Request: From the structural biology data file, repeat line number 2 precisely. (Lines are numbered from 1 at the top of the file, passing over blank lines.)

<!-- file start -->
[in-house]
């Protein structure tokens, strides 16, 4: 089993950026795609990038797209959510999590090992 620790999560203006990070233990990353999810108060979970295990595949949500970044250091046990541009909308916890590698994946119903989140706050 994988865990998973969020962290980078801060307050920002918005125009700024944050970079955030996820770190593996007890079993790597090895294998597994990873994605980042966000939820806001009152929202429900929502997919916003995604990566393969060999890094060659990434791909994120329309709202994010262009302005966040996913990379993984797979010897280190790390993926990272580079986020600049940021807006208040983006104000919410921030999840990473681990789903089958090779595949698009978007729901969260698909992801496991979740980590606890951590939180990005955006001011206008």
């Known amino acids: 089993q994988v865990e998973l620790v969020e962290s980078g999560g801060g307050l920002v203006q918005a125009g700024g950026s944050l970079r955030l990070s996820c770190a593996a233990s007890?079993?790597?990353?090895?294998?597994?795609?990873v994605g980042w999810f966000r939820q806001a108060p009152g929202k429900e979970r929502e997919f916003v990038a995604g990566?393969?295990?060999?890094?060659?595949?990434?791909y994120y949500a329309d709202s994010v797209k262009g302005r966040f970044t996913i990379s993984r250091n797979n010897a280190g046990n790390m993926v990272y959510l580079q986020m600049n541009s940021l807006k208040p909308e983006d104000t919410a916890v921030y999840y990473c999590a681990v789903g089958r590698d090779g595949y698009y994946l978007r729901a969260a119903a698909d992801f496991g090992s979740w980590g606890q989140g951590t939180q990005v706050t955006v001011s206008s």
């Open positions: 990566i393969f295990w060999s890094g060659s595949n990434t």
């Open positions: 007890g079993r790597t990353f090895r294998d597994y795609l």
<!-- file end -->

């Protein structure tokens, strides 16, 4: 089993950026795609990038797209959510999590090992 620790999560203006990070233990990353999810108060979970295990595949949500970044250091046990541009909308916890590698994946119903989140706050 994988865990998973969020962290980078801060307050920002918005125009700024944050970079955030996820770190593996007890079993790597090895294998597994990873994605980042966000939820806001009152929202429900929502997919916003995604990566393969060999890094060659990434791909994120329309709202994010262009302005966040996913990379993984797979010897280190790390993926990272580079986020600049940021807006208040983006104000919410921030999840990473681990789903089958090779595949698009978007729901969260698909992801496991979740980590606890951590939180990005955006001011206008």